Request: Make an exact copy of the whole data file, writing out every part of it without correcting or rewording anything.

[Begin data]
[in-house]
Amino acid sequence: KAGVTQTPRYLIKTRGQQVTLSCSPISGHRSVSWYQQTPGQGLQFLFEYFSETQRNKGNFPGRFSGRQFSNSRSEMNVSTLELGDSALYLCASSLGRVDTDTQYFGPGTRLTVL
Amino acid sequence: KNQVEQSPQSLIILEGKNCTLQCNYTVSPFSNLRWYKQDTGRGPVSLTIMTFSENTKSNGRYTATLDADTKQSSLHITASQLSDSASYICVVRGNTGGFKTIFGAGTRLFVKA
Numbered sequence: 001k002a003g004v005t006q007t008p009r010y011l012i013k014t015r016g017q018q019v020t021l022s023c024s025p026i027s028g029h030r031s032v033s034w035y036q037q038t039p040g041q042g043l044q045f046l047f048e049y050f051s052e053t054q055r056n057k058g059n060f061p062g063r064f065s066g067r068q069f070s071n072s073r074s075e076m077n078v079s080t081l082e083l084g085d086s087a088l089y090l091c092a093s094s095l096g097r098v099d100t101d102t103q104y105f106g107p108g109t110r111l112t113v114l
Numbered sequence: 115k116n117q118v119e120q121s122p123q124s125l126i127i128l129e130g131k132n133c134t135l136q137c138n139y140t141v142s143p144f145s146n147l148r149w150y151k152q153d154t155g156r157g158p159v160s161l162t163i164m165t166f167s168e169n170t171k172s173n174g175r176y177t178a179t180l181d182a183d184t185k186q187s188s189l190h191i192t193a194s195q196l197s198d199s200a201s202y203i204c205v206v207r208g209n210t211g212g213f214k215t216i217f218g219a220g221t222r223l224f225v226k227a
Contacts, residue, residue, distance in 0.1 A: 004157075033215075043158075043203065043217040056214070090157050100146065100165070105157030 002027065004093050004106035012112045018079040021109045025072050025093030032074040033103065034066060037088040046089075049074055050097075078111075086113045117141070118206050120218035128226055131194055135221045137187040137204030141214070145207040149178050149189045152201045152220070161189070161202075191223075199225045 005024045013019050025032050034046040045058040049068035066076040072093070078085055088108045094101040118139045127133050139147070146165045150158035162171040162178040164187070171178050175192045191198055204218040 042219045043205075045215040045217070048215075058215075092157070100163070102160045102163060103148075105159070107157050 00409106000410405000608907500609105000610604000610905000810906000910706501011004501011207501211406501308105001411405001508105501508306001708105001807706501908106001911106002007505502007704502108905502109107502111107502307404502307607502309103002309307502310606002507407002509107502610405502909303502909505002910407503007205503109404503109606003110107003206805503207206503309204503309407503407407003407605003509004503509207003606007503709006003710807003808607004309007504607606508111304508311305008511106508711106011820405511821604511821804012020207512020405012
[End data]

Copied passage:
[in-house]
Amino acid sequence: KAGVTQTPRYLIKTRGQQVTLSCSPISGHRSVSWYQQTPGQGLQFLFEYFSETQRNKGNFPGRFSGRQFSNSRSEMNVSTLELGDSALYLCASSLGRVDTDTQYFGPGTRLTVL
Amino acid sequence: KNQVEQSPQSLIILEGKNCTLQCNYTVSPFSNLRWYKQDTGRGPVSLTIMTFSENTKSNGRYTATLDADTKQSSLHITASQLSDSASYICVVRGNTGGFKTIFGAGTRLFVKA
Numbered sequence: 001k002a003g004v005t006q007t008p009r010y011l012i013k014t015r016g017q018q019v020t021l022s023c024s025p026i027s028g029h030r031s032v033s034w035y036q037q038t039p040g041q042g043l044q045f046l047f048e049y050f051s052e053t054q055r056n057k058g059n060f061p062g063r064f065s066g067r068q069f070s071n072s073r074s075e076m077n078v079s080t081l082e083l084g085d086s087a088l089y090l091c092a093s094s095l096g097r098v099d100t101d102t103q104y105f106g107p108g109t110r111l112t113v114l
Numbered sequence: 115k116n117q118v119e120q121s122p123q124s125l126i127i128l129e130g131k132n133c134t135l136q137c138n139y140t141v142s143p144f145s146n147l148r149w150y151k152q153d154t155g156r157g158p159v160s161l162t163i164m165t166f167s168e169n170t171k172s173n174g175r176y177t178a179t180l181d182a183d184t185k186q187s188s189l190h191i192t193a194s195q196l197s198d199s200a201s202y203i204c205v206v207r208g209n210t211g212g213f214k215t216i217f218g219a220g221t222r223l224f225v226k227a
Contacts, residue, residue, distance in 0.1 A: 004157075033215075043158075043203065043217040056214070090157050100146065100165070105157030 002027065004093050004106035012112045018079040021109045025072050025093030032074040033103065034066060037088040046089075049074055050097075078111075086113045117141070118206050120218035128226055131194055135221045137187040137204030141214070145207040149178050149189045152201045152220070161189070161202075191223075199225045 005024045013019050025032050034046040045058040049068035066076040072093070078085055088108045094101040118139045127133050139147070146165045150158035162171040162178040164187070171178050175192045191198055204218040 042219045043205075045215040045217070048215075058215075092157070100163070102160045102163060103148075105159070107157050 00409106000410405000608907500609105000610604000610905000810906000910706501011004501011207501211406501308105001411405001508105501508306001708105001807706501908106001911106002007505502007704502108905502109107502111107502307404502307607502309103002309307502310606002507407002509107502610405502909303502909505002910407503007205503109404503109606003110107003206805503207206503309204503309407503407407003407605003509004503509207003606007503709006003710807003808607004309007504607606508111304508311305008511106508711106011820405511821604511821804012020207512020405012